The Prince of Wales and the Duke of Sussex are to join a discussion about youth violent crime.
Charles and his youngest son Harry will meet Pride of Britain winner Omar Sharif, who rose from a life embroiled with gangs in London and the pain of being homeless to running his own personal fitness business.
The prince and the duke will also speak with Prince’s Trust ambassadors, families of victims of youth violent crime, and community groups and practitioners.
Our @PrideofBritain Young Achiever winner @OmarInspires turned his life around with support from our Team programme. Re-live the moment he was awarded his trophy from the one and only @anthonyfjoshua.
— The Prince's Trust (@PrincesTrust) November 8, 2018
Last month, Harry attended a round table discussion on youth violence in London, co-facilitated by young people from MAC UK, a mental health charity for excluded young people.
Metropolitan Police Commissioner Cressida Dick has insisted the tide is turning against the rise in violent crime.
But she admitted it would take a long time to tackle the 180 violent gangs in London that are “busy” dragging children into crime.
So far this year in the capital, there have been more than 120 homicides.
Ms Dick told LBC that after three years of gun and knife crime increasing, the rate is now starting to level off and come down.
The event, organised by The Prince’s Trust, of which Charles is patron, will take place at Clarence House.
The discussion is part of the Trust’s ongoing work to help disadvantaged and vulnerable young people following the increase in levels of violent crime committed by young people in urban centres across the UK, Clarence House said.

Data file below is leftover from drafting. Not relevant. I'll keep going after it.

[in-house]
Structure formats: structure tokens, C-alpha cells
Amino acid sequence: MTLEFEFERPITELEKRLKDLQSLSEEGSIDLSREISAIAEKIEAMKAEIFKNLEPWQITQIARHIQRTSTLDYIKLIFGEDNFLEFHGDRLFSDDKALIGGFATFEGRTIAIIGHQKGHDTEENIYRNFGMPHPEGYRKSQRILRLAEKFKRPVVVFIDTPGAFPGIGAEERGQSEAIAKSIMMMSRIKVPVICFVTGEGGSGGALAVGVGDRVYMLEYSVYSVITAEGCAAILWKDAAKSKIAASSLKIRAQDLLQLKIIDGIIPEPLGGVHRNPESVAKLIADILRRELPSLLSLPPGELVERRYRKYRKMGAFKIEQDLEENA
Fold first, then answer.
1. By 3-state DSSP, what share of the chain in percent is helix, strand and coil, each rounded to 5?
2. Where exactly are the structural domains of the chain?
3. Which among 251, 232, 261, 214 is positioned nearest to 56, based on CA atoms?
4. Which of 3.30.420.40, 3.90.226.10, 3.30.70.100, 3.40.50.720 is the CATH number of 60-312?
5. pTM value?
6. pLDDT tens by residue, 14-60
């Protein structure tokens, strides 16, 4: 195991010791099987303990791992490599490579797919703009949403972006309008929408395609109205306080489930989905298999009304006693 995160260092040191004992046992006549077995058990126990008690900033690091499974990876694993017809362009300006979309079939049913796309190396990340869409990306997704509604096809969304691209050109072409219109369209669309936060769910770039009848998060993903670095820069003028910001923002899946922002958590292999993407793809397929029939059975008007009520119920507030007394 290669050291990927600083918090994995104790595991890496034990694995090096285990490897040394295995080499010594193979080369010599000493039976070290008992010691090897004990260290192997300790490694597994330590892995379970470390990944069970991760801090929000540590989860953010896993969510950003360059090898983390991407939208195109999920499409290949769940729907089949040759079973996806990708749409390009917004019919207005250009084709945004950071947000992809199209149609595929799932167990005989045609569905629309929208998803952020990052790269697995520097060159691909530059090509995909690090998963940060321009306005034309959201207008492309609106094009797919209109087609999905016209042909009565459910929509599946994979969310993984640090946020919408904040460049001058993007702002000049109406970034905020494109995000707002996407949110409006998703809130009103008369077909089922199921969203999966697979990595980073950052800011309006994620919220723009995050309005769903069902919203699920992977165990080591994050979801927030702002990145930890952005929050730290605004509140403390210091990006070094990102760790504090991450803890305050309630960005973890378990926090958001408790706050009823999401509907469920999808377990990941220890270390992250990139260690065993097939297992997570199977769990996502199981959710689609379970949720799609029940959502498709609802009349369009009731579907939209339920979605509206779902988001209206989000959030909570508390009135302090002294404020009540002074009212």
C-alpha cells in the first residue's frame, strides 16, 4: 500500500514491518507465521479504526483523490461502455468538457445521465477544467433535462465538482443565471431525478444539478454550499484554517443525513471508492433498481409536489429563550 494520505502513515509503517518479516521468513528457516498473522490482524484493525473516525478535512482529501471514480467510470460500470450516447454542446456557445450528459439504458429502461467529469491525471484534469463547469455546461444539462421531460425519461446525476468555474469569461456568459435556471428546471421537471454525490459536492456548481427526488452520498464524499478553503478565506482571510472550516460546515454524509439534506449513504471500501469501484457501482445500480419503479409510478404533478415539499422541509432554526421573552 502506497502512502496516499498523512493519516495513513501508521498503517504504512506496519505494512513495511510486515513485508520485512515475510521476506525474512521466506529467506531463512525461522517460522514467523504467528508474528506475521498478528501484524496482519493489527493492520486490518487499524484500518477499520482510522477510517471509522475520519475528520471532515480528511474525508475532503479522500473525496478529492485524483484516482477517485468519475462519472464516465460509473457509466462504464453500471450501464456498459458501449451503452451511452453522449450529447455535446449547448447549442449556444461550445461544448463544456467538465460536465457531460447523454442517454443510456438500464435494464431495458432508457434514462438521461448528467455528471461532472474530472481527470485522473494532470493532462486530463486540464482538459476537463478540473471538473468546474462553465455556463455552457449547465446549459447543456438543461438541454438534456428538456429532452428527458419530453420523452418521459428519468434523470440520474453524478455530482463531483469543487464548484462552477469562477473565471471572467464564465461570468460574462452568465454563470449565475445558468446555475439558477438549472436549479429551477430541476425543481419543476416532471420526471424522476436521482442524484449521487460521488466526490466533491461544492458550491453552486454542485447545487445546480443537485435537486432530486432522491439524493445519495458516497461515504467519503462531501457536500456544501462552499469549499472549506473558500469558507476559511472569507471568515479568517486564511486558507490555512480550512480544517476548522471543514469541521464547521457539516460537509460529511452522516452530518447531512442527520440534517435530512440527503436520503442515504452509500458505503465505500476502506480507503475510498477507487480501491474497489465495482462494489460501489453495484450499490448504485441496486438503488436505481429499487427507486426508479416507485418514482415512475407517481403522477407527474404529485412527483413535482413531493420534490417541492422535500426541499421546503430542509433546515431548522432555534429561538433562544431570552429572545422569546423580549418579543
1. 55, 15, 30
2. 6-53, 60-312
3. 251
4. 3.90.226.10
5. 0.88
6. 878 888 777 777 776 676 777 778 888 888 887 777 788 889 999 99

In one of the other @YouTubeSpaceLon studios, The Prince of Wales joined a discussion with HRH’s youth charities about violent crime and how social media can help. The discussion panel was made up of young people who have been supported by those charities including @PrincesTrust pic.twitter.com/Dmw3xOVBRb
— Clarence House (@ClarenceHouse) May 16, 2018
Topics covered will include using social media to amplify inspiring voices; how role models can influence behaviour; how to engage young people in alternative activities; and giving young people a greater stake in the economy and society.
Charles set up The Prince’s Trust in 1976 in response to social unrest and high levels of youth unemployment.
The organisation’s business start-up programme began in 1983 following conversations with young people in the aftermath of the Brixton and Toxteth riots.